A cartoon in a regional German paper on Tuesday depicted Prime Minister Binyamin Netanyahu as poisoning the Middle East peace process, sparking accusations that the daily Stuttgarter Zeitung (StZ) stokes anti- Semitism and stereotypes of Jews and Israel.

The cartoon shows Netanyahu seated on a park bench with a bottle of poison labeled “Settlement construction” that he pours onto a piece of bread. An olive-branch-bearing dove marked “Middle East peace” appears next to Netanyahu apparently waiting to be fed the contaminated bread.

The Israeli Embassy in Berlin on Wednesday told The Jerusalem Post that it sent a letter “protesting the drawing” to Joachim Dorfs, the editor-in-chief of StZ, located in the southwestern state of Baden-Württemberg.

Critics in Germany argue that the cartoon conjures up the medieval anti-Semitic myth that Jews were to blame for plagues in Europe because they intentionally poisoned wells.

Dr. Elvira Grözinger, a member of the German branch of Scholars for Peace in Middle East, accused the editors of StZ, by email, of replicating the content of the Nazi-era paper Der Stürmer, adding, “Earlier one murdered and persecuted Jews because they were poisoners of wells. Shame on you! The world is burning around Israel, but for you, once again, the Jews are to blame for everything.”

Dr. Efraim Zuroff, director of the Simon Wiesenthal Center‘s Israel office and coordinator for the organization’s Nazi war crimes research worldwide, told the Post on Wednesday that “Once again, a respected German newspaper singles out Israel for criticism, in this case, in connection with the peace talks. A much more accurate presentation of the situation, would portray Abu Mazen [Palestinian Authority President Mahmoud Abbas] honoring terrorist murderers, while posing as an ostensibly serious partner for the current peace negotiations.”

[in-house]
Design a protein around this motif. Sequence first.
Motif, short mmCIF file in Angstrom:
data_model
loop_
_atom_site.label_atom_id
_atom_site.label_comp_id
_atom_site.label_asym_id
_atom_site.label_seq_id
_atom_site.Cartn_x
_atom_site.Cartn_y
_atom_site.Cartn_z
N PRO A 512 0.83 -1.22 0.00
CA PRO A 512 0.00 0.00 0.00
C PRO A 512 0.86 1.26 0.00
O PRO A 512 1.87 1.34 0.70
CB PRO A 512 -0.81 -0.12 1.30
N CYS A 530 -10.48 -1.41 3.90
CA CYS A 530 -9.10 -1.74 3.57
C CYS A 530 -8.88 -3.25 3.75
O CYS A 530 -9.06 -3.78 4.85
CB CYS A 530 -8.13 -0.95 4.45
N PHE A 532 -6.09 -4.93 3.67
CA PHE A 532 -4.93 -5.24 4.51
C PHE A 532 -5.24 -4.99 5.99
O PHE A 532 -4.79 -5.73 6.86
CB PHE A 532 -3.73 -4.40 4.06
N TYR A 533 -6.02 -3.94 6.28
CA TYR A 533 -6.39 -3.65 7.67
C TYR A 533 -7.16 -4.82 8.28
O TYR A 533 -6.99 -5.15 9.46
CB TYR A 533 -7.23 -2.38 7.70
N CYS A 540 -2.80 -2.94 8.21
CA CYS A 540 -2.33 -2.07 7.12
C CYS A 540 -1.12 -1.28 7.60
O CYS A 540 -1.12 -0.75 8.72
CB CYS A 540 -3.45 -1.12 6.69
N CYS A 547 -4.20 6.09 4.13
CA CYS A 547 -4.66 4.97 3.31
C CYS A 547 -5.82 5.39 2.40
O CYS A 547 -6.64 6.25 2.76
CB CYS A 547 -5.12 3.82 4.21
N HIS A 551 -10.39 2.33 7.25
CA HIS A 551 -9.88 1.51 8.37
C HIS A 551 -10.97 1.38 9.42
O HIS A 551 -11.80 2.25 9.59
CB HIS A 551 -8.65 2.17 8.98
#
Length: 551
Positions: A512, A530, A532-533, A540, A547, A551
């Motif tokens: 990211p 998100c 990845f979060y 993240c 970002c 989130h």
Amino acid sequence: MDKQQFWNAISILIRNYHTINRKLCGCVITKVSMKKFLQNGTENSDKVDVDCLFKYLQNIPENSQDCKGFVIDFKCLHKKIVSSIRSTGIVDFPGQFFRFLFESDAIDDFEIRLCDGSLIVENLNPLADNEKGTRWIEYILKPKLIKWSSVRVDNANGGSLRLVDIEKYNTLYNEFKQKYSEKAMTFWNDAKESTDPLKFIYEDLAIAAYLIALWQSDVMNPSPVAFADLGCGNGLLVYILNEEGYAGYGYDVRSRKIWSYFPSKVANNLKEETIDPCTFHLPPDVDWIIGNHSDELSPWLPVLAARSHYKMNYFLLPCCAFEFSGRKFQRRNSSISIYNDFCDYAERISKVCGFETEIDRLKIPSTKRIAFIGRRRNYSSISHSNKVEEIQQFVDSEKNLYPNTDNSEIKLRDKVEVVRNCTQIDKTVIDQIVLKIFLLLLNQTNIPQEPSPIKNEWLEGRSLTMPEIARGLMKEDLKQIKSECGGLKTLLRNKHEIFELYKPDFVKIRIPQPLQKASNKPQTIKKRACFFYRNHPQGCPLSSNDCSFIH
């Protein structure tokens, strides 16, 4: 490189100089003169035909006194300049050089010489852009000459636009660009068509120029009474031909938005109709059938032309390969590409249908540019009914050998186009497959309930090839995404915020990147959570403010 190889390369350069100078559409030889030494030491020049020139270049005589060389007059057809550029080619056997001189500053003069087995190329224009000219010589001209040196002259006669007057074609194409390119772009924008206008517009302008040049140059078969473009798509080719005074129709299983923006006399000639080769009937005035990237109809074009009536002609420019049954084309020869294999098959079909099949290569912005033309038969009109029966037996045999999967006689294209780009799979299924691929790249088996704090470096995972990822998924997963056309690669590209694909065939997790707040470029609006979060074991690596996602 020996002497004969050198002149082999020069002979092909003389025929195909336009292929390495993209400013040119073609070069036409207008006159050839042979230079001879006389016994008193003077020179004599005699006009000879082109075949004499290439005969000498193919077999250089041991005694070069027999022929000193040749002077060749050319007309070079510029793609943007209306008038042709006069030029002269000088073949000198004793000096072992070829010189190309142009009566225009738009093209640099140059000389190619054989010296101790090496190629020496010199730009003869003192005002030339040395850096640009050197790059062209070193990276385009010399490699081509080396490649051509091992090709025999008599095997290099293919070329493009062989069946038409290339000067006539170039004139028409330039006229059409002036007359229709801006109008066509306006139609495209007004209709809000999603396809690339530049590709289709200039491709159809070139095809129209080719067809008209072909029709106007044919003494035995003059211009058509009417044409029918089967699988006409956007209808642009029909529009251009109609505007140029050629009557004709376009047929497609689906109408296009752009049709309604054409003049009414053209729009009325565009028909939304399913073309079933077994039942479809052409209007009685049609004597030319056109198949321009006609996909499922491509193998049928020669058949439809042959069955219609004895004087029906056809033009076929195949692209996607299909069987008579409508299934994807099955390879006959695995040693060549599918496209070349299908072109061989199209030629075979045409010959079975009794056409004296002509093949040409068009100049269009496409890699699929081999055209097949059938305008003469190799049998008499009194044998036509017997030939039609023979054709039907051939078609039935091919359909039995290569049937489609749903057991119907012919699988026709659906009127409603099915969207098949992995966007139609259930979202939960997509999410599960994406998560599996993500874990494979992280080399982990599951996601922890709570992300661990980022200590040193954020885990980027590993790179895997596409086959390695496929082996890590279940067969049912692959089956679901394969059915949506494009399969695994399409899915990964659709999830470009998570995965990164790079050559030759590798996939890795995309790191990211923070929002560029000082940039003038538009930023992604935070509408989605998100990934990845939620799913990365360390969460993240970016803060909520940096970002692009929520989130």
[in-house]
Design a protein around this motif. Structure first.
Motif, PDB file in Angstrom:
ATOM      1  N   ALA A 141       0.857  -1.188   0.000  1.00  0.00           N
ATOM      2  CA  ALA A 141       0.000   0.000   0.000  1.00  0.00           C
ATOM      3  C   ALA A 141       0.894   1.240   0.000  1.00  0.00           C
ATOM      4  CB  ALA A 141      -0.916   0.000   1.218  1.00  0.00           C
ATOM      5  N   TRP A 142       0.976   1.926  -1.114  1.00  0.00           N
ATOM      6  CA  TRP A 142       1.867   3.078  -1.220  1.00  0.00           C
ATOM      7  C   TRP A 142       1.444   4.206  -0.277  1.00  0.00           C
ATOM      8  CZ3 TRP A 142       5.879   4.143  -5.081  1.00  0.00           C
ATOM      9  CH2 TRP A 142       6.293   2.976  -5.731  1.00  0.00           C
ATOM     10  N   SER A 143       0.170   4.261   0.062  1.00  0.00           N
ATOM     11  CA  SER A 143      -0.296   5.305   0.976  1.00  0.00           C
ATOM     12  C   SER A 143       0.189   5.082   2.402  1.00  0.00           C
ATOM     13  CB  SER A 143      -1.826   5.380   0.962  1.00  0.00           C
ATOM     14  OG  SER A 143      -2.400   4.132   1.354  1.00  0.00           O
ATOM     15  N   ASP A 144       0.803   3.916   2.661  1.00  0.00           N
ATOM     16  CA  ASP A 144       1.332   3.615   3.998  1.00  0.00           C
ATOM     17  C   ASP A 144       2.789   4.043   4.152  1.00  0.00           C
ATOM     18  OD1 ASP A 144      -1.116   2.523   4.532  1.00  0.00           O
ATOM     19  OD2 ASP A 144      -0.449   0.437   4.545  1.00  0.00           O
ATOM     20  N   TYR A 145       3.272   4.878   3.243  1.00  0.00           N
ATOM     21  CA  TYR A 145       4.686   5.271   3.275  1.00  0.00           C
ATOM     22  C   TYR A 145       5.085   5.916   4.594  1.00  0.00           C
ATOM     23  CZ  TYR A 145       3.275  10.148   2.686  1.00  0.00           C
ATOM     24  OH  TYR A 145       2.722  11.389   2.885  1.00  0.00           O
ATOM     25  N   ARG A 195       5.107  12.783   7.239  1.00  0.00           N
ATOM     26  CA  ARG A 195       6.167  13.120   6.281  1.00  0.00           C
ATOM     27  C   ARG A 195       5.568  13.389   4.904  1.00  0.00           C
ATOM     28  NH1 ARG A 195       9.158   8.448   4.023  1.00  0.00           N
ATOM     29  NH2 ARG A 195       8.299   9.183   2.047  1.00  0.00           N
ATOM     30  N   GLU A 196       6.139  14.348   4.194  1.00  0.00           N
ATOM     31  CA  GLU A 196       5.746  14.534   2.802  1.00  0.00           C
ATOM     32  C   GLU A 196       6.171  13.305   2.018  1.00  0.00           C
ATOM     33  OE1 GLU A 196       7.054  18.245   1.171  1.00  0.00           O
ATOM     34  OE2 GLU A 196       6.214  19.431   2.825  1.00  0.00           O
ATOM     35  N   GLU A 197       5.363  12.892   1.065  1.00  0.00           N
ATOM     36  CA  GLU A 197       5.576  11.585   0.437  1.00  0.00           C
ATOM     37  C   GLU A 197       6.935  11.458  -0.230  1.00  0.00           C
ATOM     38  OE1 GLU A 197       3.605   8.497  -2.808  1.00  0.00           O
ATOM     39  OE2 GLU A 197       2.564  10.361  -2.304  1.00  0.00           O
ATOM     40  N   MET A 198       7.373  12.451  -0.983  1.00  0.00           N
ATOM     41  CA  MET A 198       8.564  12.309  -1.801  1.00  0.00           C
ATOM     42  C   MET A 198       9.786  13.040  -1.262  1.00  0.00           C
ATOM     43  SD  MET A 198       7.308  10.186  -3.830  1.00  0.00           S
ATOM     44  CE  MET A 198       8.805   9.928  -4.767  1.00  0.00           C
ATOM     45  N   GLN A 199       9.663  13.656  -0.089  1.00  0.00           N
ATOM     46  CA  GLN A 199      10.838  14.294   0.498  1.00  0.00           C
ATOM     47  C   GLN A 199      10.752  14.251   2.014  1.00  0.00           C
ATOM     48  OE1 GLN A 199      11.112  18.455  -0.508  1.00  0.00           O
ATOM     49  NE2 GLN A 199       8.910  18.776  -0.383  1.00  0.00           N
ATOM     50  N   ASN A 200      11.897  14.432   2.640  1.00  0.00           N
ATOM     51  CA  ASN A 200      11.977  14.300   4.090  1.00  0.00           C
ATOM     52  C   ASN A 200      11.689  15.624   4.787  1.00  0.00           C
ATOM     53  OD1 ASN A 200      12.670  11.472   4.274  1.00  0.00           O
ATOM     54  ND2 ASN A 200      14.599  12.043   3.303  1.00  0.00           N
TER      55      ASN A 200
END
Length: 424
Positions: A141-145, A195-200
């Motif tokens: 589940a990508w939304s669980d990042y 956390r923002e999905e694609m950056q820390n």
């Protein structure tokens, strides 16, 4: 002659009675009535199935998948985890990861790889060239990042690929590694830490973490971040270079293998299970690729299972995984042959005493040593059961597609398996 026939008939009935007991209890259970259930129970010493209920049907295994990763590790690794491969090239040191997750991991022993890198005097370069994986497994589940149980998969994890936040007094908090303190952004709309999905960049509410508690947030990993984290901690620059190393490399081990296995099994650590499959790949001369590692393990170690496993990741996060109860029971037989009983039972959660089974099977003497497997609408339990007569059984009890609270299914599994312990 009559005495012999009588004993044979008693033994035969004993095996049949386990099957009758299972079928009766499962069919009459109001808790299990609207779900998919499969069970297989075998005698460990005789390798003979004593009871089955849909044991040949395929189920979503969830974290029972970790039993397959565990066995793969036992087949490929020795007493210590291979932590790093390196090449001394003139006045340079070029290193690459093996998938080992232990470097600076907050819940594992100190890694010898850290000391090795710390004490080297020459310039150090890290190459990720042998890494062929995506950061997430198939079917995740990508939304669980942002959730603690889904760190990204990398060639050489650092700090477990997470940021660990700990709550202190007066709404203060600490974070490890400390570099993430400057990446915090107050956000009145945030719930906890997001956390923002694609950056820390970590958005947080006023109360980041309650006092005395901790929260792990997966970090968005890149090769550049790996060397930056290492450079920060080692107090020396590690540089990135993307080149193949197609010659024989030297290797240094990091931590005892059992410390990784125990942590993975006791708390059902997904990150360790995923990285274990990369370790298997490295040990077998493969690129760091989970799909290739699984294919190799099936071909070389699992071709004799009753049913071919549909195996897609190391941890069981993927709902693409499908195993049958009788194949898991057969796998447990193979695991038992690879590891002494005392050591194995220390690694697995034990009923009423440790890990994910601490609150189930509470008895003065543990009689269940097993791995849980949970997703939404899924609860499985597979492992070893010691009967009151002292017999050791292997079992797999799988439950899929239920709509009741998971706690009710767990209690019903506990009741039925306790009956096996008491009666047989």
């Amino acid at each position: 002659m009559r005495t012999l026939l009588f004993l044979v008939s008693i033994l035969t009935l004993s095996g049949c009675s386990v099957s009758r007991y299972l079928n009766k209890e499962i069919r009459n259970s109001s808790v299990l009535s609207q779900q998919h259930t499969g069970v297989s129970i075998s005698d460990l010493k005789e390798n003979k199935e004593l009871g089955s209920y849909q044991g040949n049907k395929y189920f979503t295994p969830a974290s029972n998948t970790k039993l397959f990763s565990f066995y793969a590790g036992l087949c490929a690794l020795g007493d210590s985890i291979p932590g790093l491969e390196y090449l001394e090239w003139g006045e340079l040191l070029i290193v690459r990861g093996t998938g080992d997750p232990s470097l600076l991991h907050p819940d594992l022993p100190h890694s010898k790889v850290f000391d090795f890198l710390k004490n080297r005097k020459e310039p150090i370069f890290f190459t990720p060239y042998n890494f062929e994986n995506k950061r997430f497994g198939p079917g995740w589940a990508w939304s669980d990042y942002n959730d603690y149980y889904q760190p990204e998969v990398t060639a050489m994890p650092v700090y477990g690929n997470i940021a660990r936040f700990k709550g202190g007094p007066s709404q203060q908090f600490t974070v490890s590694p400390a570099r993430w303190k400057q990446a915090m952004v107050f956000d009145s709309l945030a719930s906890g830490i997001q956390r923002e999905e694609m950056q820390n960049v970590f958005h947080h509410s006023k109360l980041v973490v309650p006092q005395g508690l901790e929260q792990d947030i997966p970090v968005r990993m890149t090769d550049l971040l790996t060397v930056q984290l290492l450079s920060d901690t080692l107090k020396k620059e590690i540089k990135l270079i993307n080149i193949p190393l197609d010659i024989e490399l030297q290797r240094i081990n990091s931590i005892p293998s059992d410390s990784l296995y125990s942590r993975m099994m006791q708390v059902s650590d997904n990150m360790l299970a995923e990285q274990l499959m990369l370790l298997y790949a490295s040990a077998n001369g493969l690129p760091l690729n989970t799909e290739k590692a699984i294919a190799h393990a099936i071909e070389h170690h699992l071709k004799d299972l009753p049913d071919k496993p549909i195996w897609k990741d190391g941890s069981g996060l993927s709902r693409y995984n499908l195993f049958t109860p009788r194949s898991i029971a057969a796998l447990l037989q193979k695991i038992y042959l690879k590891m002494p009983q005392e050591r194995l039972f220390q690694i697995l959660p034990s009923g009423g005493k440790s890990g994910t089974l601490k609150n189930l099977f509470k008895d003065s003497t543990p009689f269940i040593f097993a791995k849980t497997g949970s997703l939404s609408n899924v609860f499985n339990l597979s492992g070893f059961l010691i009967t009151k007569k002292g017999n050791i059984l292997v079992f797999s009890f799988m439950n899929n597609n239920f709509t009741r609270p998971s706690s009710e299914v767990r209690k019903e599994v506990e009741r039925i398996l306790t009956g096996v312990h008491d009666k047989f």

Speaking from Stuttgart with the Post on Wednesday, StZ’s deputy editor, Michael Maurer, said the paper “rejects the accusation of anti-Semitism.”

He added that the paper “regrets that feelings were offended” and said that the news outlet would not print the cartoon again.

Maurer said the embassy’s letter accused the paper of employing “stereotypes,” but did not charge the StZ with anti-Semitism. He called the embassy’s letter “moderate, reasonable and understandable.”

StZ plans to answer the embassy’s letter, Maurer added.

The controversial anti- Israel cartoon prompted criticism from the daughter of late Austrian-Jewish composer and singer Georg Franz Kreisler. The caption under the cartoon refers to Kreisler’s song “Poisoning Pigeons,” which has no connection to Israel.

Kreisler’s daughter, Sandra, expressed outrage on her Facebook page.

She called those responsible at the StZ for the cartoon “a-- holes” for using her father’s name in connection with a cartoon that is not her father’s opinion and has no relation to the quoted song.

She wrote that the presentation of the cartoon was “anti- Semitic and the content false.”

Kreisler said she expects a clarification and apology from the StZ cartoonist for dishonoring her father.

She wrote that Israel has worked over the years for a peaceful solution, but the Arab countries have no interest in solving the conflict.

She blasted the EU for funneling millions in cash to the “millionaire Abbas” so long as the conflict continues unsolved.

Maurer told the Post that the paper plans to publish a statement in Thursday’s edition.

The StZ row follows an alleged anti-Semitic cartoon scandal last month in the Munich-based Süddeutsche Zeitung depicting Israel as a ravenous monster.

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